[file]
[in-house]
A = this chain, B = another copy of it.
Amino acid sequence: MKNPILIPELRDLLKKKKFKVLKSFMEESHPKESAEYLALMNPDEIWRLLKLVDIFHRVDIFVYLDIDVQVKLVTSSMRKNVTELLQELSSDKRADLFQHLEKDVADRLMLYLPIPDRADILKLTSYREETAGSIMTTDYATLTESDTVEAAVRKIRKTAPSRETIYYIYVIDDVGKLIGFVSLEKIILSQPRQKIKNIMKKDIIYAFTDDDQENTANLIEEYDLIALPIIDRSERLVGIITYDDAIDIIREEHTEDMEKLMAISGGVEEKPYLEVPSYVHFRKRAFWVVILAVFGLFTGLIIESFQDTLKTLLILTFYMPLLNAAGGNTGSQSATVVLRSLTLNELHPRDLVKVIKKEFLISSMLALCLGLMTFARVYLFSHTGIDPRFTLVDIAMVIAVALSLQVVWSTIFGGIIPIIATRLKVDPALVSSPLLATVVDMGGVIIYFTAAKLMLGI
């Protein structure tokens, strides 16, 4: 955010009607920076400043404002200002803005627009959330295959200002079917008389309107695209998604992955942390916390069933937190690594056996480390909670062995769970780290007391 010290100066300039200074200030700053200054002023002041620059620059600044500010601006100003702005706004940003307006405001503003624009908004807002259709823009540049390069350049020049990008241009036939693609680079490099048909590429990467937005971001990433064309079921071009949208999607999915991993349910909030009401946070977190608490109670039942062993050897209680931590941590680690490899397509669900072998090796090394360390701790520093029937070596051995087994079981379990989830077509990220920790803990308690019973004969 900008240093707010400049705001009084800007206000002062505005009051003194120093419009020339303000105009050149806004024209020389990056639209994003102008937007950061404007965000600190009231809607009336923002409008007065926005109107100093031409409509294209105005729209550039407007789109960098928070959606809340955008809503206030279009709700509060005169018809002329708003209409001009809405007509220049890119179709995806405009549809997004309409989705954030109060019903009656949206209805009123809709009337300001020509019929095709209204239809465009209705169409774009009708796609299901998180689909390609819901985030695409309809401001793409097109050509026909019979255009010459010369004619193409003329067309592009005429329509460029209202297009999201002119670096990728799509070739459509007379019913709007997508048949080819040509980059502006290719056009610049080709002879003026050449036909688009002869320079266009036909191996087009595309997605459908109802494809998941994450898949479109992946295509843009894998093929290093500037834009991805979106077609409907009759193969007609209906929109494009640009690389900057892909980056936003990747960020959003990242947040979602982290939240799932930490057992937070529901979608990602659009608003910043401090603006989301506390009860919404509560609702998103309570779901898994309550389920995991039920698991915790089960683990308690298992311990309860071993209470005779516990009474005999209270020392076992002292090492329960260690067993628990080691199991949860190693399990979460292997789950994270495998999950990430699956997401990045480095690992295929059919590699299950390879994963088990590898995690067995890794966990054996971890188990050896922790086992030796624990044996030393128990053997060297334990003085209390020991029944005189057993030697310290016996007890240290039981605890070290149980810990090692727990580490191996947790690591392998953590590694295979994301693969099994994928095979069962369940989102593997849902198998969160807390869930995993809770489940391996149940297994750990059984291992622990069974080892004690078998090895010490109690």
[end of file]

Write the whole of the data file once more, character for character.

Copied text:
[in-house]
A = this chain, B = another copy of it.
Amino acid sequence: MKNPILIPELRDLLKKKKFKVLKSFMEESHPKESAEYLALMNPDEIWRLLKLVDIFHRVDIFVYLDIDVQVKLVTSSMRKNVTELLQELSSDKRADLFQHLEKDVADRLMLYLPIPDRADILKLTSYREETAGSIMTTDYATLTESDTVEAAVRKIRKTAPSRETIYYIYVIDDVGKLIGFVSLEKIILSQPRQKIKNIMKKDIIYAFTDDDQENTANLIEEYDLIALPIIDRSERLVGIITYDDAIDIIREEHTEDMEKLMAISGGVEEKPYLEVPSYVHFRKRAFWVVILAVFGLFTGLIIESFQDTLKTLLILTFYMPLLNAAGGNTGSQSATVVLRSLTLNELHPRDLVKVIKKEFLISSMLALCLGLMTFARVYLFSHTGIDPRFTLVDIAMVIAVALSLQVVWSTIFGGIIPIIATRLKVDPALVSSPLLATVVDMGGVIIYFTAAKLMLGI
């Protein structure tokens, strides 16, 4: 955010009607920076400043404002200002803005627009959330295959200002079917008389309107695209998604992955942390916390069933937190690594056996480390909670062995769970780290007391 010290100066300039200074200030700053200054002023002041620059620059600044500010601006100003702005706004940003307006405001503003624009908004807002259709823009540049390069350049020049990008241009036939693609680079490099048909590429990467937005971001990433064309079921071009949208999607999915991993349910909030009401946070977190608490109670039942062993050897209680931590941590680690490899397509669900072998090796090394360390701790520093029937070596051995087994079981379990989830077509990220920790803990308690019973004969 900008240093707010400049705001009084800007206000002062505005009051003194120093419009020339303000105009050149806004024209020389990056639209994003102008937007950061404007965000600190009231809607009336923002409008007065926005109107100093031409409509294209105005729209550039407007789109960098928070959606809340955008809503206030279009709700509060005169018809002329708003209409001009809405007509220049890119179709995806405009549809997004309409989705954030109060019903009656949206209805009123809709009337300001020509019929095709209204239809465009209705169409774009009708796609299901998180689909390609819901985030695409309809401001793409097109050509026909019979255009010459010369004619193409003329067309592009005429329509460029209202297009999201002119670096990728799509070739459509007379019913709007997508048949080819040509980059502006290719056009610049080709002879003026050449036909688009002869320079266009036909191996087009595309997605459908109802494809998941994450898949479109992946295509843009894998093929290093500037834009991805979106077609409907009759193969007609209906929109494009640009690389900057892909980056936003990747960020959003990242947040979602982290939240799932930490057992937070529901979608990602659009608003910043401090603006989301506390009860919404509560609702998103309570779901898994309550389920995991039920698991915790089960683990308690298992311990309860071993209470005779516990009474005999209270020392076992002292090492329960260690067993628990080691199991949860190693399990979460292997789950994270495998999950990430699956997401990045480095690992295929059919590699299950390879994963088990590898995690067995890794966990054996971890188990050896922790086992030796624990044996030393128990053997060297334990003085209390020991029944005189057993030697310290016996007890240290039981605890070290149980810990090692727990580490191996947790690591392998953590590694295979994301693969099994994928095979069962369940989102593997849902198998969160807390869930995993809770489940391996149940297994750990059984291992622990069974080892004690078998090895010490109690």